Difference Wiki

Exception vs. Exemption: What's the Difference?

Edited by Harlon Moss || By Janet White || Updated on October 4, 2023
"Exception" refers to something that doesn't follow the general rule, while "Exemption" means a relief from an obligation or duty.

Key Differences

"Exception" and "Exemption" are two distinct terms, even though both suggest some form of deviation from the norm. "Exception" commonly denotes an instance or case not conforming to a general rule, pattern, or category. For instance, if one was discussing weather trends and mentioned that it usually rained every day except Tuesday, Tuesday would be the exception.
On the other hand, "Exemption" refers to the act of freeing or releasing from a liability or obligation that others must meet. In legal and financial contexts, this term is frequently employed. For example, certain individuals might receive an exemption from taxes due to specific criteria or circumstances.
In the realm of grammar, "Exception" can often be used as a noun denoting a deviation. Phrases like "with the exception of" highlight its grammatical utility. In contrast, "Exemption" might be associated more with formal decrees or authoritative decisions. One might hear it used in contexts like "He received an exemption from military service."
At their core, both terms imply non-conformity. However, while "Exception" points more towards an anomaly in a general rule or pattern, "Exemption" leans more towards a deliberate exclusion or relief from a standard requirement or obligation.

Comparison Chart


A deviation from the norm or rule
Relief from a certain duty or obligation

Use in a Sentence

"Blue is the exception in a sea of red."
"She received an exemption from the final exam."

Part of Speech


Common Context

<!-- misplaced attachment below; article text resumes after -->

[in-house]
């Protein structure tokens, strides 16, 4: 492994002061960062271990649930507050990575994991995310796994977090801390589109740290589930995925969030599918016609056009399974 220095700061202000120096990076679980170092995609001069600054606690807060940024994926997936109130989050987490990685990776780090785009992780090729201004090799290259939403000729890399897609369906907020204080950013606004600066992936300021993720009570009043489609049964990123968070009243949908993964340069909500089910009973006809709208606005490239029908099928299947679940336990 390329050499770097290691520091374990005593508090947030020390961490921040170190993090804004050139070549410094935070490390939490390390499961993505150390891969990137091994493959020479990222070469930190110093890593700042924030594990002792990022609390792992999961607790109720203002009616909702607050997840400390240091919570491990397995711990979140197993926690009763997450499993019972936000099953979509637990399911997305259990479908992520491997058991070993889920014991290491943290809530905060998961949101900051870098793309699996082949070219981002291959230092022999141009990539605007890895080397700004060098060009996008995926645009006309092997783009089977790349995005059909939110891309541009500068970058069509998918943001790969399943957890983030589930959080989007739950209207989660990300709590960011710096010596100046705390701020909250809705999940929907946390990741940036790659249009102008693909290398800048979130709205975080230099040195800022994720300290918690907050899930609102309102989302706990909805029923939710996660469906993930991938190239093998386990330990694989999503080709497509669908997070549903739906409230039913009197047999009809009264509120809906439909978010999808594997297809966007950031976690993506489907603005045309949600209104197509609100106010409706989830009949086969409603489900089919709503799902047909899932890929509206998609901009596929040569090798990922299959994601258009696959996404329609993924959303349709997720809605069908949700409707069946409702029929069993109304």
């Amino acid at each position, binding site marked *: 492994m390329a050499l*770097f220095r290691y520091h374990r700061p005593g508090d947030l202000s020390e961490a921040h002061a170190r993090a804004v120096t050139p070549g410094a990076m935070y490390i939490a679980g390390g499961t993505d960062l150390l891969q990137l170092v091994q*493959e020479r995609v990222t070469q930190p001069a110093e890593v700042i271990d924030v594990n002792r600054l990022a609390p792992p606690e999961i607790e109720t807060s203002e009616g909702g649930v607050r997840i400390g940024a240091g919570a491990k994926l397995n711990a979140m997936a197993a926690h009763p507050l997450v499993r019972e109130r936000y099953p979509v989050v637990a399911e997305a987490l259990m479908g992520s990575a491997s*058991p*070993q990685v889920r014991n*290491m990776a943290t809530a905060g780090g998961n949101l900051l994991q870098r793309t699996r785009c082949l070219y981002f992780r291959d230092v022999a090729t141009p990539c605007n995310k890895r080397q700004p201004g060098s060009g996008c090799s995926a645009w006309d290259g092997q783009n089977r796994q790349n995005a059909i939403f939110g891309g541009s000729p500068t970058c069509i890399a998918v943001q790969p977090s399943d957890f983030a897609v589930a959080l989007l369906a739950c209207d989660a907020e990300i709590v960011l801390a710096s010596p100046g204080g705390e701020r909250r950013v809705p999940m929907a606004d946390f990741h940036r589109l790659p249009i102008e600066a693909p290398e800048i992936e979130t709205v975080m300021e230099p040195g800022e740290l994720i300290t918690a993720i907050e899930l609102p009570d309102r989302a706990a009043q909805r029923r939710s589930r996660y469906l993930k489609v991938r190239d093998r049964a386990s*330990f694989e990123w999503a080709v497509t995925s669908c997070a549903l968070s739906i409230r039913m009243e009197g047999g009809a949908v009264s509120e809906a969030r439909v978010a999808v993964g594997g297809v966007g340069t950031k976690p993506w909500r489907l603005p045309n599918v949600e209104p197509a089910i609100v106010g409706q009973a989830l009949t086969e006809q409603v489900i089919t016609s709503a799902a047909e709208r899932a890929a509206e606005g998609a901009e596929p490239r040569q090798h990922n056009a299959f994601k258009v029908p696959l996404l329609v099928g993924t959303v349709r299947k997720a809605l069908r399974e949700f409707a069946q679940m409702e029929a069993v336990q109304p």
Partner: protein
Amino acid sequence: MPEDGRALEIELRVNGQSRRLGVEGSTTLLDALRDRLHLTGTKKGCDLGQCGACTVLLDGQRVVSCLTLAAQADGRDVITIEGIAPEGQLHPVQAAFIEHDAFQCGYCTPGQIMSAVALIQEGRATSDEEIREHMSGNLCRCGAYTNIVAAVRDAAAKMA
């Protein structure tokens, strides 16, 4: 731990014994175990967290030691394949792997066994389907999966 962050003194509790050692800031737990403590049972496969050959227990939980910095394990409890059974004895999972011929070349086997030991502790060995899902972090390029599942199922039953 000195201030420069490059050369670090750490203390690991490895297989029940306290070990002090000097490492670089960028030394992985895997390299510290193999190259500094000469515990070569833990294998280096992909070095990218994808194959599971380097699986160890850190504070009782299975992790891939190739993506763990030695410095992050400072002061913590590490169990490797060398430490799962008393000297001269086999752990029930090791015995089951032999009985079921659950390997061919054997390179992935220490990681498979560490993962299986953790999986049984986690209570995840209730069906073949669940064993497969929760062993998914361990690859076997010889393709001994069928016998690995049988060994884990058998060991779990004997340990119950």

Patterns, rules, generalizations
Duties, obligations, taxes, rules

Associated Words/Phrases

Except, exception to the rule
Exempt, tax exemption, military exemption

Exception and Exemption Definitions


A case where a rule does not apply.
There are a few exceptions to this law.


Release from an obligation or liability.
The council granted an exemption to the church.


A thing that proves the rule wrong.
The sudden storm in the dry season was an exception.


The action of freeing someone from a responsibility.
He applied for an exemption from the course.


The act of objecting to or not allowing something.
They took exception to the new policy.


A deduction allowed to reduce taxable income.
There are several tax exemptions available for homeowners.


A person or thing that is excluded from a general statement or rule.
She was the only exception in the group not invited.


Being excused from a rule or requirement.
She has an exemption from the state testing due to her condition.


The act of excepting or the condition of being excepted; exclusion.


A special privilege allowing one to forgo a usual duty.
The organization has an exemption from the federal law.


One that is excepted, especially a case that does not conform to a rule or generalization.


The act or an instance of exempting.


An objection or a criticism
Opinions that are open to exception.


The state of being exempt; immunity.


(Law) A formal protest against a ruling of the trial court on a question of law, such as the admissibility of a certain piece of evidence, to make clear for the record that the issue is being preserved for a potential appeal.


An exception of certain property from bankruptcy or taxation.


The act of excepting or excluding; exclusion; restriction by taking out something which would otherwise be included, as in a class, statement, rule.
The exception of a rule


The deduction of a certain amount in the computation of net income with regard to taxation, allowed for an individual, that individual's dependents, and certain characteristics, such as blindness or age.


That which is excluded from others; a person, thing, or case, specified as distinct, or not included.
That rule is usually true, but there are a few exceptions.


Excuse from performance of a legal duty, such as release from serving in the military or as a juror.


(legal) An objection, on legal grounds; also, as in conveyancing, a clause by which the grantor excepts or reserves something before the right is transferred.


An act of exempting.


An objection; cavil; dissent; disapprobation; offense; cause of offense; — usually followed by to or against.


The state of being exempt; immunity.


(computing) An interruption in normal processing, typically caused by an error condition, that can be raised ("thrown") by one part of the program and handled ("caught") by another part.


A deduction from the normal amount of taxes.


The act of excepting or excluding; exclusion; restriction by taking out something which would otherwise be included, as in a class, statement, rule.


Freedom from a defect or weakness.


That which is excepted or taken out from others; a person, thing, or case, specified as distinct, or not included; as, almost every general rule has its exceptions.